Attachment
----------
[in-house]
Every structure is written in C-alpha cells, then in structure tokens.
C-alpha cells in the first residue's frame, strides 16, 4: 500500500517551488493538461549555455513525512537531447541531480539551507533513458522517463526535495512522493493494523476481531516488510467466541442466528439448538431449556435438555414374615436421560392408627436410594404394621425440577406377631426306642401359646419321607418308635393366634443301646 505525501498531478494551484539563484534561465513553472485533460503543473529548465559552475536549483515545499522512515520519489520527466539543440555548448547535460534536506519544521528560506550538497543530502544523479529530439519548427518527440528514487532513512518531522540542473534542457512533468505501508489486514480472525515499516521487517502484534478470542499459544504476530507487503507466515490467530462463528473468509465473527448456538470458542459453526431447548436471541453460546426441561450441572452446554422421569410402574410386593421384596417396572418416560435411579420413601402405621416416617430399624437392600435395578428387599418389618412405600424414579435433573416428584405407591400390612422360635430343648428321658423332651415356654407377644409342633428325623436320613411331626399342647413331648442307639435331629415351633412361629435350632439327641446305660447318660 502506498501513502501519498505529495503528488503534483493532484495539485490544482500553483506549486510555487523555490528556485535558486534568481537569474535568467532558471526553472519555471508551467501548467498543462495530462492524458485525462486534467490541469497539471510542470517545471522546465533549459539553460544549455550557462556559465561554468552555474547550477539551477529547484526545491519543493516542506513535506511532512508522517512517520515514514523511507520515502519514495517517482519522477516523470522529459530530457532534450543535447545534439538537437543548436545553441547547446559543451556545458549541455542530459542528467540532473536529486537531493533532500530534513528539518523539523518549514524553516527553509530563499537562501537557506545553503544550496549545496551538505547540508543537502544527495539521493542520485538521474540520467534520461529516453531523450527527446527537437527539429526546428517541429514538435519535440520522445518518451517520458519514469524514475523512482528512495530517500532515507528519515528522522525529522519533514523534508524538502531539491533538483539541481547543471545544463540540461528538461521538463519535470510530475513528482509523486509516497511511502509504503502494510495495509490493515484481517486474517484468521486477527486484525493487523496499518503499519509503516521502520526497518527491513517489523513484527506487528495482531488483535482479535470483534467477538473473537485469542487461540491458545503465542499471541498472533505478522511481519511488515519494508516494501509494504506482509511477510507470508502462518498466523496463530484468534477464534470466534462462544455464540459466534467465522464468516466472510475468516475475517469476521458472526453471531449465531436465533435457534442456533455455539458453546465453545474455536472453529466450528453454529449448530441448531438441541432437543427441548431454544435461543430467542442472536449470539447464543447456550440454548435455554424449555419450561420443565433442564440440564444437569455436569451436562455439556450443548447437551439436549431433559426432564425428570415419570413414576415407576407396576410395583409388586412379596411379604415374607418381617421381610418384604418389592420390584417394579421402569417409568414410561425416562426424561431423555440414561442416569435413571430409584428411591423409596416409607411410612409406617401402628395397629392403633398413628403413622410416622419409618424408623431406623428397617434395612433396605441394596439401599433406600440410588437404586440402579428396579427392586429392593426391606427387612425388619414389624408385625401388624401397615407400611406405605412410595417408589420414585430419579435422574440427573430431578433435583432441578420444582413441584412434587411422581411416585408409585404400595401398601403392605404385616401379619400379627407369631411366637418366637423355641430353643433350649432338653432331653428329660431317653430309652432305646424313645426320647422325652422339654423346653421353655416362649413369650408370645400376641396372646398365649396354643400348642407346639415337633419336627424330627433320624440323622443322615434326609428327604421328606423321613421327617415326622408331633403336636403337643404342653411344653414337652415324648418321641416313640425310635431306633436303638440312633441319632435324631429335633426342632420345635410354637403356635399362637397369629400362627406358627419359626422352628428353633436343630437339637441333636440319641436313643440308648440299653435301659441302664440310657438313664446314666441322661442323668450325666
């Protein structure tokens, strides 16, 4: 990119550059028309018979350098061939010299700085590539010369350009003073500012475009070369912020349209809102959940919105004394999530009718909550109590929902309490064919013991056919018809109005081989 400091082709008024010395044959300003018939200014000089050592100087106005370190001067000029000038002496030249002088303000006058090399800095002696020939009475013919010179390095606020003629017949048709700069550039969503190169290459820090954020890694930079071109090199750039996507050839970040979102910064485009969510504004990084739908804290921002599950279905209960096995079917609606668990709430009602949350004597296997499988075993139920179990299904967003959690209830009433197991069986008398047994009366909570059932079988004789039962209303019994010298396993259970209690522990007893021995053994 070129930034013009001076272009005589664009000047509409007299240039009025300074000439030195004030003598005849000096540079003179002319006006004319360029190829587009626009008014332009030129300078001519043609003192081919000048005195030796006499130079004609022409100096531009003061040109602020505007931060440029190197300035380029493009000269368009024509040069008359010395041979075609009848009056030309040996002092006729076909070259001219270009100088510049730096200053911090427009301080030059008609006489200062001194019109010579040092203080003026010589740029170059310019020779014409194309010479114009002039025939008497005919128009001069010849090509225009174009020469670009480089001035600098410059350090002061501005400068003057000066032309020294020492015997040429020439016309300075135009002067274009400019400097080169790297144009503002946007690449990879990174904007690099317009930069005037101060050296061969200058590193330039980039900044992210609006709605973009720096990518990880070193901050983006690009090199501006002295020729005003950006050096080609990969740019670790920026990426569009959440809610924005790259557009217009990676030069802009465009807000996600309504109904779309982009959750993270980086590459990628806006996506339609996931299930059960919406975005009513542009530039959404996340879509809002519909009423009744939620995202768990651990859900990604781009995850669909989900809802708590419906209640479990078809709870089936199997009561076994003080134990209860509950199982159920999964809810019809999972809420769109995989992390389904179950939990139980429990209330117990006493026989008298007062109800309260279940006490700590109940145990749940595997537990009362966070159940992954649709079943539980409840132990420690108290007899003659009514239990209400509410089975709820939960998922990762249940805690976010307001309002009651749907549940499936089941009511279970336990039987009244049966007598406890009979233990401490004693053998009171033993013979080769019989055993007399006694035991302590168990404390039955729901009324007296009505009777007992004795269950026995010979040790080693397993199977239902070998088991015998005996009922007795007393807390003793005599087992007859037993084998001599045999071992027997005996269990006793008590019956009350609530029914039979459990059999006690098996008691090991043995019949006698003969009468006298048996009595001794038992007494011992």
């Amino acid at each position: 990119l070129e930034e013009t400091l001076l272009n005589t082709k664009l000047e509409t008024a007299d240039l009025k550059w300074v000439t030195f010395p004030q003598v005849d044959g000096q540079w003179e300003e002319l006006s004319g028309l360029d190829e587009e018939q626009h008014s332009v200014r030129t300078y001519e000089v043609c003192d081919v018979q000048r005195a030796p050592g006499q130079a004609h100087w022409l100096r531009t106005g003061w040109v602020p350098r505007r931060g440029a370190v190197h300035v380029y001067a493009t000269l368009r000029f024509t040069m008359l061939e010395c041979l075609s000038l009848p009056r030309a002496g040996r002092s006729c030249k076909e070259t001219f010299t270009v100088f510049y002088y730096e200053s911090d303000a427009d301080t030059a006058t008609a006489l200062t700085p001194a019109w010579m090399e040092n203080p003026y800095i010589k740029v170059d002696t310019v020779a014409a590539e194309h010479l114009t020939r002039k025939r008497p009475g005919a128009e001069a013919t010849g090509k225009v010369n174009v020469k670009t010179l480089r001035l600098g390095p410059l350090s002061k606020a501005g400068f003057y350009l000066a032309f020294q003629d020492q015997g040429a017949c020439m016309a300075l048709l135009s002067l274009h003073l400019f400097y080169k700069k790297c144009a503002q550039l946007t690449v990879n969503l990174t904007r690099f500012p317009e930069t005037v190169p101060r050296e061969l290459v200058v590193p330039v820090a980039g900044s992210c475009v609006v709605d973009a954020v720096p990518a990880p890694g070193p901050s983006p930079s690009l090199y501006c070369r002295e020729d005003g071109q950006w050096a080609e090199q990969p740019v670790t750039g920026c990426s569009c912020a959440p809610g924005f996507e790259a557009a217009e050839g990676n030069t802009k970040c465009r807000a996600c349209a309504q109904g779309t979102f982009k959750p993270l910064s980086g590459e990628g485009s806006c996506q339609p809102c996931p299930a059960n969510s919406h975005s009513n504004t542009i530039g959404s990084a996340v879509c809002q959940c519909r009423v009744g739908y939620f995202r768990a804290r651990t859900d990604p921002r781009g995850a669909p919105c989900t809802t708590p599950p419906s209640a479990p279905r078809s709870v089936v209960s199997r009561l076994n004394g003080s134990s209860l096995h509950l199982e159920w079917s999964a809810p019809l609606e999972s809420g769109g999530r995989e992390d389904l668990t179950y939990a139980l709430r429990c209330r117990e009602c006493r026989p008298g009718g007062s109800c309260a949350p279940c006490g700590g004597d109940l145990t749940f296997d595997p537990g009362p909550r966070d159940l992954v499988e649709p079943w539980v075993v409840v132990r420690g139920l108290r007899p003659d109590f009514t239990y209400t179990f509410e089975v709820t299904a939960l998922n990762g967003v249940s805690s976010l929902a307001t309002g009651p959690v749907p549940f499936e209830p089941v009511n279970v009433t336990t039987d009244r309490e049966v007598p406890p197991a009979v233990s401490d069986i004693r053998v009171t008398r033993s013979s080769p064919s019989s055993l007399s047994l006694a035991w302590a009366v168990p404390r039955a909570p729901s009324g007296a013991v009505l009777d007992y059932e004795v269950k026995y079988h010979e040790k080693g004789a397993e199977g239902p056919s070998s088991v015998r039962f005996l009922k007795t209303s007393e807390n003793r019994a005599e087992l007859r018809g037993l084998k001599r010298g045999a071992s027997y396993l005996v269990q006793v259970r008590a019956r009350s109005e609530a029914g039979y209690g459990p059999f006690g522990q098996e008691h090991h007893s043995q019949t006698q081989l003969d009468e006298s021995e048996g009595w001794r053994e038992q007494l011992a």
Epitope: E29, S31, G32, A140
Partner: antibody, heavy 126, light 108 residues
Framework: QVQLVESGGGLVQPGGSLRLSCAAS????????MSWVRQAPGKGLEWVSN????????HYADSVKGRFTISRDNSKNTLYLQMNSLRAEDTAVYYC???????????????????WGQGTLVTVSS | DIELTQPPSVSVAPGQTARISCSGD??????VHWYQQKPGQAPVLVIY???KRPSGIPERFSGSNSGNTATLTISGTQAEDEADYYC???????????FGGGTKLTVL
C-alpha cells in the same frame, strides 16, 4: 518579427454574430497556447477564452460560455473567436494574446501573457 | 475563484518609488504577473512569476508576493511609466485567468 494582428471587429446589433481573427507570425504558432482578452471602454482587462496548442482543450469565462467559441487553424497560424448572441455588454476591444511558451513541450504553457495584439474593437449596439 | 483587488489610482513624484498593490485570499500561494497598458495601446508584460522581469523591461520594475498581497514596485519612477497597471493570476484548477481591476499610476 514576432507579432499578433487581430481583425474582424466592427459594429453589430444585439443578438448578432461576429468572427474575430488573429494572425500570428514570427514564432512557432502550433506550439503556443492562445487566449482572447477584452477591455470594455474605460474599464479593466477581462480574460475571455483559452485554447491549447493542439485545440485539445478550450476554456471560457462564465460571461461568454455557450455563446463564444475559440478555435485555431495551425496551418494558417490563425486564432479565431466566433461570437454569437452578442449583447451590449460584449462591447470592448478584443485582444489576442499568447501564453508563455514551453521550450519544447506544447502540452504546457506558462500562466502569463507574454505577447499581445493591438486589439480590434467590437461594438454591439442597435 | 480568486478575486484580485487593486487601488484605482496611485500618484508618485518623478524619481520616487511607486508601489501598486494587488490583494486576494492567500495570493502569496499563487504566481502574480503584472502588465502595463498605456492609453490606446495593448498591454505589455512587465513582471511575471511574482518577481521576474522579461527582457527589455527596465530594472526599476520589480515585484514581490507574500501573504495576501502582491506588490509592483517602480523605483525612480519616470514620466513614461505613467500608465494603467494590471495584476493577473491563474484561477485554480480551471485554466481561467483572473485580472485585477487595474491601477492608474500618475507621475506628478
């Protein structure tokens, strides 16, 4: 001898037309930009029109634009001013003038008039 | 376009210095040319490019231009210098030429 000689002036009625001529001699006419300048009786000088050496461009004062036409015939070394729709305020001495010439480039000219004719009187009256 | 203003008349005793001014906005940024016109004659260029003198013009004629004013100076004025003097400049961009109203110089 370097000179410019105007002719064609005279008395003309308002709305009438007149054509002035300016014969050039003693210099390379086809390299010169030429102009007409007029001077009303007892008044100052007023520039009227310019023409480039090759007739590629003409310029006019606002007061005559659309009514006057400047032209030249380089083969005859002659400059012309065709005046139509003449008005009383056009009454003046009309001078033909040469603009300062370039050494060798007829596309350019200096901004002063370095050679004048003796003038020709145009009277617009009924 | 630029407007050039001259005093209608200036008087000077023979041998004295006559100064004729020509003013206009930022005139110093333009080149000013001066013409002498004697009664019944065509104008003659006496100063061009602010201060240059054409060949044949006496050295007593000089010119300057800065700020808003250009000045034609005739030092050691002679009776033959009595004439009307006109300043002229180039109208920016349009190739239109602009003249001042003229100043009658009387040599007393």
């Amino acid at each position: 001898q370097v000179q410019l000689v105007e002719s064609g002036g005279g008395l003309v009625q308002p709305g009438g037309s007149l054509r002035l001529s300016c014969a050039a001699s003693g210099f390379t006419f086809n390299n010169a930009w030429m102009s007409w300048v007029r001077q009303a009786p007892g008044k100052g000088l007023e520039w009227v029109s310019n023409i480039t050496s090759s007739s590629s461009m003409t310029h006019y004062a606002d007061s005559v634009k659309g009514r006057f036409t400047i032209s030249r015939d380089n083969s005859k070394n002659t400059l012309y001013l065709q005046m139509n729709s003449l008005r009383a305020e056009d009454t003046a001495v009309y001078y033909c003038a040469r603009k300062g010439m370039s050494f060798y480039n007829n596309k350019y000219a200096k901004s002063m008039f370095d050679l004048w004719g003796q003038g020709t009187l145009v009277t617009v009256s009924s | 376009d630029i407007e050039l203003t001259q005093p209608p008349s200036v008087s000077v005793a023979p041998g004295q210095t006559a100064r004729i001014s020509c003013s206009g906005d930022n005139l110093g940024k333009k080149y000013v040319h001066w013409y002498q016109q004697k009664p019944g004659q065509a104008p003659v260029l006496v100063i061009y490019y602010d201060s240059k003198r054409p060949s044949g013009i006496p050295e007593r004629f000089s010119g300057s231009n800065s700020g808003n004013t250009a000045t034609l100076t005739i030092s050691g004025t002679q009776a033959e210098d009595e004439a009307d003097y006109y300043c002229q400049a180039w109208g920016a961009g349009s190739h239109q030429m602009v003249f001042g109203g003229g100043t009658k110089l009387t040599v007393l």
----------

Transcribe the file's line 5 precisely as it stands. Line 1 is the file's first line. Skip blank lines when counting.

């Amino acid at each position: 990119l070129e930034e013009t400091l001076l272009n005589t082709k664009l000047e509409t008024a007299d240039l009025k550059w300074v000439t030195f010395p004030q003598v005849d044959g000096q540079w003179e300003e002319l006006s004319g028309l360029d190829e587009e018939q626009h008014s332009v200014r030129t300078y001519e000089v043609c003192d081919v018979q000048r005195a030796p050592g006499q130079a004609h100087w022409l100096r531009t106005g003061w040109v602020p350098r505007r931060g440029a370190v190197h300035v380029y001067a493009t000269l368009r000029f024509t040069m008359l061939e010395c041979l075609s000038l009848p009056r030309a002496g040996r002092s006729c030249k076909e070259t001219f010299t270009v100088f510049y002088y730096e200053s911090d303000a427009d301080t030059a006058t008609a006489l200062t700085p001194a019109w010579m090399e040092n203080p003026y800095i010589k740029v170059d002696t310019v020779a014409a590539e194309h010479l114009t020939r002039k025939r008497p009475g005919a128009e001069a013919t010849g090509k225009v010369n174009v020469k670009t010179l480089r001035l600098g390095p410059l350090s002061k606020a501005g400068f003057y350009l000066a032309f020294q003629d020492q015997g040429a017949c020439m016309a300075l048709l135009s002067l274009h003073l400019f400097y080169k700069k790297c144009a503002q550039l946007t690449v990879n969503l990174t904007r690099f500012p317009e930069t005037v190169p101060r050296e061969l290459v200058v590193p330039v820090a980039g900044s992210c475009v609006v709605d973009a954020v720096p990518a990880p890694g070193p901050s983006p930079s690009l090199y501006c070369r002295e020729d005003g071109q950006w050096a080609e090199q990969p740019v670790t750039g920026c990426s569009c912020a959440p809610g924005f996507e790259a557009a217009e050839g990676n030069t802009k970040c465009r807000a996600c349209a309504q109904g779309t979102f982009k959750p993270l910064s980086g590459e990628g485009s806006c996506q339609p809102c996931p299930a059960n969510s919406h975005s009513n504004t542009i530039g959404s990084a996340v879509c809002q959940c519909r009423v009744g739908y939620f995202r768990a804290r651990t859900d990604p921002r781009g995850a669909p919105c989900t809802t708590p599950p419906s209640a479990p279905r078809s709870v089936v209960s199997r009561l076994n004394g003080s134990s209860l096995h509950l199982e159920w079917s999964a809810p019809l609606e999972s809420g769109g999530r995989e992390d389904l668990t179950y939990a139980l709430r429990c209330r117990e009602c006493r026989p008298g009718g007062s109800c309260a949350p279940c006490g700590g004597d109940l145990t749940f296997d595997p537990g009362p909550r966070d159940l992954v499988e649709p079943w539980v075993v409840v132990r420690g139920l108290r007899p003659d109590f009514t239990y209400t179990f509410e089975v709820t299904a939960l998922n990762g967003v249940s805690s976010l929902a307001t309002g009651p959690v749907p549940f499936e209830p089941v009511n279970v009433t336990t039987d009244r309490e049966v007598p406890p197991a009979v233990s401490d069986i004693r053998v009171t008398r033993s013979s080769p064919s019989s055993l007399s047994l006694a035991w302590a009366v168990p404390r039955a909570p729901s009324g007296a013991v009505l009777d007992y059932e004795v269950k026995y079988h010979e040790k080693g004789a397993e199977g239902p056919s070998s088991v015998r039962f005996l009922k007795t209303s007393e807390n003793r019994a005599e087992l007859r018809g037993l084998k001599r010298g045999a071992s027997y396993l005996v269990q006793v259970r008590a019956r009350s109005e609530a029914g039979y209690g459990p059999f006690g522990q098996e008691h090991h007893s043995q019949t006698q081989l003969d009468e006298s021995e048996g009595w001794r053994e038992q007494l011992a």